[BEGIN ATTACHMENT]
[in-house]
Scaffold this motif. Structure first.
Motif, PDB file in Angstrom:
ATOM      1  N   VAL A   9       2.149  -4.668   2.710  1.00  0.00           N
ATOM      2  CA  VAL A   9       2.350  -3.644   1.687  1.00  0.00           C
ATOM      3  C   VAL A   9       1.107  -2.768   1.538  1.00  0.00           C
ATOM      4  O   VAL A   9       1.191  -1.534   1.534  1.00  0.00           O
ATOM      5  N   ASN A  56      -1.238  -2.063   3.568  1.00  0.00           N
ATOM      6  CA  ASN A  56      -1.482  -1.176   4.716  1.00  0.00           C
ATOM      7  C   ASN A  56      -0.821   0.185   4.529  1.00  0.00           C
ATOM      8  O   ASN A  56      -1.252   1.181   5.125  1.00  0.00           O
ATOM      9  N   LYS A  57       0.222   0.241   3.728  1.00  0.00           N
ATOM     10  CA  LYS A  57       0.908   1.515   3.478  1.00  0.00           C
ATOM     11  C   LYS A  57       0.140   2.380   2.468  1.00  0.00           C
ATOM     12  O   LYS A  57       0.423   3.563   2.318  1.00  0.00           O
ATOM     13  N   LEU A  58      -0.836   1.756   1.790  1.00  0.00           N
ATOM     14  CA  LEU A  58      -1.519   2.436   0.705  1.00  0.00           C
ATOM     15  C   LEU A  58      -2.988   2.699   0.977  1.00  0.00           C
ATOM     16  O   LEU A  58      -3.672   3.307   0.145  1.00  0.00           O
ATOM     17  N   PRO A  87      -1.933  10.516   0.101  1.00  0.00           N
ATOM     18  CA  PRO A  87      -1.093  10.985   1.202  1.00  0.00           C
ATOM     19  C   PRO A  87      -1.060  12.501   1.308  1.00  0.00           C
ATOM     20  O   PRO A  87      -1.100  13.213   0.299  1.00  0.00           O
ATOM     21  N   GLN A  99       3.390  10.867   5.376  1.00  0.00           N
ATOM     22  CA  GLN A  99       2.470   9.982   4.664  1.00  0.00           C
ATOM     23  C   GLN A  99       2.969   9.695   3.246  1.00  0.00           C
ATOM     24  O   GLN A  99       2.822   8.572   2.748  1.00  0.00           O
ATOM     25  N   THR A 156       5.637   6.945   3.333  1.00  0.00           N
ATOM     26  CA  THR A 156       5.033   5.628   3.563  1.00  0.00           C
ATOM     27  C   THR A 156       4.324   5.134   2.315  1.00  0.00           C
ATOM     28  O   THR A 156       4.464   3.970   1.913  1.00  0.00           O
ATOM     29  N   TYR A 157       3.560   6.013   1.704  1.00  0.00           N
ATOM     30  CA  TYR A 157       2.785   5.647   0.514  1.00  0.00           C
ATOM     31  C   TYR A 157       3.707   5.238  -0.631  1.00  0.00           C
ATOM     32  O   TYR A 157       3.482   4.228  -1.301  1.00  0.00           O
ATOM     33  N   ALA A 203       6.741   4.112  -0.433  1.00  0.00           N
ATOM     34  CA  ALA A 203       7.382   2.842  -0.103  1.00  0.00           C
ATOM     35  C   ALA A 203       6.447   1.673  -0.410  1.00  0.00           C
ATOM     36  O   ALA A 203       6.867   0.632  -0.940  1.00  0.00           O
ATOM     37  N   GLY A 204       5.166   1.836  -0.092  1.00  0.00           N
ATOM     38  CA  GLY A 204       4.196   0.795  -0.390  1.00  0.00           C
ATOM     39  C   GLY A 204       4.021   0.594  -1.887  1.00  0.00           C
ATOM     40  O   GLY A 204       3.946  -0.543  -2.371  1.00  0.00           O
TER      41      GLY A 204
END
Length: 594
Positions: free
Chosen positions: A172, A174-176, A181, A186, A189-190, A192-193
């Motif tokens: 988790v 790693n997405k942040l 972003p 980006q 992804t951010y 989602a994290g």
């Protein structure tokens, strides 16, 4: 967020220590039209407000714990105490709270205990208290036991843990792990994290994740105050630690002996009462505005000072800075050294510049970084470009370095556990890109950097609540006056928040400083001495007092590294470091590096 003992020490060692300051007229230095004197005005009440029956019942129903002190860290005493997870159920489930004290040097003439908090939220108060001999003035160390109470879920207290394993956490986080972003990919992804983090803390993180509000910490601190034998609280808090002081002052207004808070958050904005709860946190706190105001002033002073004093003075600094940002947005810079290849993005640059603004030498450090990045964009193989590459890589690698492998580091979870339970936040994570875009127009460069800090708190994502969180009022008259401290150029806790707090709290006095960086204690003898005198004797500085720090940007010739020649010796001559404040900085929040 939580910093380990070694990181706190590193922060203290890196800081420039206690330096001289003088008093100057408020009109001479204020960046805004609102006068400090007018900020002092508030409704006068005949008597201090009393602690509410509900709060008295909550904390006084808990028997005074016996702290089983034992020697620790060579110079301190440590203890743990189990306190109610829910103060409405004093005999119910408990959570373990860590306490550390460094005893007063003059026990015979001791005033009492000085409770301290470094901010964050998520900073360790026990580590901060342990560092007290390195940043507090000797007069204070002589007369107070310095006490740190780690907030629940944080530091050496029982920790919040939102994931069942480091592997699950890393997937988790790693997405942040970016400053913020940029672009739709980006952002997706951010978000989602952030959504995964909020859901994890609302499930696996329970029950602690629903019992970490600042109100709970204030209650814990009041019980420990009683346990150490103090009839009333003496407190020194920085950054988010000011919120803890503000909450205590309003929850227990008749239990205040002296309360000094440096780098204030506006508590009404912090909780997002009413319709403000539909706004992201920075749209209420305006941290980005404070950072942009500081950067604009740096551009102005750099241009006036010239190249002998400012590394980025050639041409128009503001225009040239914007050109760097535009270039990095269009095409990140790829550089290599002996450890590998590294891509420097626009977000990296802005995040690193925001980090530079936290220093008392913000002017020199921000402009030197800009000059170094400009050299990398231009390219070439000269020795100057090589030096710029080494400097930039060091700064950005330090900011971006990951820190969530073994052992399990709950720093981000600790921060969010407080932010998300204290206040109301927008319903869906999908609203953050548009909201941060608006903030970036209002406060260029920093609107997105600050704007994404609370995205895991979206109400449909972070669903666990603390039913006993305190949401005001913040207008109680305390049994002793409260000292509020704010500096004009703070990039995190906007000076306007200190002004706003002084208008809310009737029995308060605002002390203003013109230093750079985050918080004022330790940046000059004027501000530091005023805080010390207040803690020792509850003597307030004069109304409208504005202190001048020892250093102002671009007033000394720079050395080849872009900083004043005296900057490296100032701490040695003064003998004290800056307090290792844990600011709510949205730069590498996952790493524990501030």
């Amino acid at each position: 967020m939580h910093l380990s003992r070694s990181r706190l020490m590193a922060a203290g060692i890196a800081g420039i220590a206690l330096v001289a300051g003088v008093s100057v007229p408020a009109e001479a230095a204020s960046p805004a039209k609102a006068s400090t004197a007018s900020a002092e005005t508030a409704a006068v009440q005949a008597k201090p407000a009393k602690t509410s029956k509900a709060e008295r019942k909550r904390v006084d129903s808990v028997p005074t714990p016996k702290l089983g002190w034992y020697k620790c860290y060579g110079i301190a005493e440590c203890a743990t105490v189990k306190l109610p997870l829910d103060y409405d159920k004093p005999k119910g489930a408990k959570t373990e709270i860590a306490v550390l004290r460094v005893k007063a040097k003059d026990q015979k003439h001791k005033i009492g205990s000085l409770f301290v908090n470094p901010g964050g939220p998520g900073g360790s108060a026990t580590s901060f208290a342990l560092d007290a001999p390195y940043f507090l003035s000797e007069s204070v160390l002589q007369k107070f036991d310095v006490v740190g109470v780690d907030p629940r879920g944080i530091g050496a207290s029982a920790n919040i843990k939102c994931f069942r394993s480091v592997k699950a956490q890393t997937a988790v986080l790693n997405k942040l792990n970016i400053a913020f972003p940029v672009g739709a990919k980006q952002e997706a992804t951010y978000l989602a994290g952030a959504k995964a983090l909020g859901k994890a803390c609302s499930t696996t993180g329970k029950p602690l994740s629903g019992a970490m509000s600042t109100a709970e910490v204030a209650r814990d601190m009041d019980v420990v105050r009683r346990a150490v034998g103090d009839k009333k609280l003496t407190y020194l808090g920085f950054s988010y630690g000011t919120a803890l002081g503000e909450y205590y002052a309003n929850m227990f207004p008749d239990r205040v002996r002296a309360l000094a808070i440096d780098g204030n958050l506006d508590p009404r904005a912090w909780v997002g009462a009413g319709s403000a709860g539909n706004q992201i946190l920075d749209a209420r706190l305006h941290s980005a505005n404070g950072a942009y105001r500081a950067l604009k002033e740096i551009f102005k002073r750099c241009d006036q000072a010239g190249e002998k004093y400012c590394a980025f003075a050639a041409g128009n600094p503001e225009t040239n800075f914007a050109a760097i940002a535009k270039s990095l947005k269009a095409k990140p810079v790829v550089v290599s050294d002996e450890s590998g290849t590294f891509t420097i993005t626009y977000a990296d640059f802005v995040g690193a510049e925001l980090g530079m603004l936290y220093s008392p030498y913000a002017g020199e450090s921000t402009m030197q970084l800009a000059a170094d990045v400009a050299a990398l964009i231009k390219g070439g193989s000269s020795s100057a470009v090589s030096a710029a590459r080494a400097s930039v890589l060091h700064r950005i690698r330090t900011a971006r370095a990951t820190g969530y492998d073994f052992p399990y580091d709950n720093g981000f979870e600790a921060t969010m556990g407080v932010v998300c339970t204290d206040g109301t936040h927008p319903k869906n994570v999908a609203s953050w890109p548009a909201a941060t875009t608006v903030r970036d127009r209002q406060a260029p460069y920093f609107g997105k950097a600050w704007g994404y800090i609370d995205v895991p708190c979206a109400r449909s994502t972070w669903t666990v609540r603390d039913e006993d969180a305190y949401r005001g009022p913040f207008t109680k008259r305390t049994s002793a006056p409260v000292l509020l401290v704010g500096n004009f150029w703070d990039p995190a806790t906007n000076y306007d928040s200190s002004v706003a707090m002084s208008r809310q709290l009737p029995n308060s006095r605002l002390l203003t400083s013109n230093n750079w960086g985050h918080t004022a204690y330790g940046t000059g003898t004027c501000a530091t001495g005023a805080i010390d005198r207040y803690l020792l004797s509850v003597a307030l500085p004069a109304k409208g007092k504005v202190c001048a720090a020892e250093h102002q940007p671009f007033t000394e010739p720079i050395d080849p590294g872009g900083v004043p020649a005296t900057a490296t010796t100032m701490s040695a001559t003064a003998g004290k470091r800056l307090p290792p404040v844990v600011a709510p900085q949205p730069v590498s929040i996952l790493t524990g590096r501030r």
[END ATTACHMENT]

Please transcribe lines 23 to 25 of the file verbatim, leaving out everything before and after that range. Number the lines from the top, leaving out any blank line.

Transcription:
ATOM     20  O   PRO A  87      -1.100  13.213   0.299  1.00  0.00           O
ATOM     21  N   GLN A  99       3.390  10.867   5.376  1.00  0.00           N
ATOM     22  CA  GLN A  99       2.470   9.982   4.664  1.00  0.00           C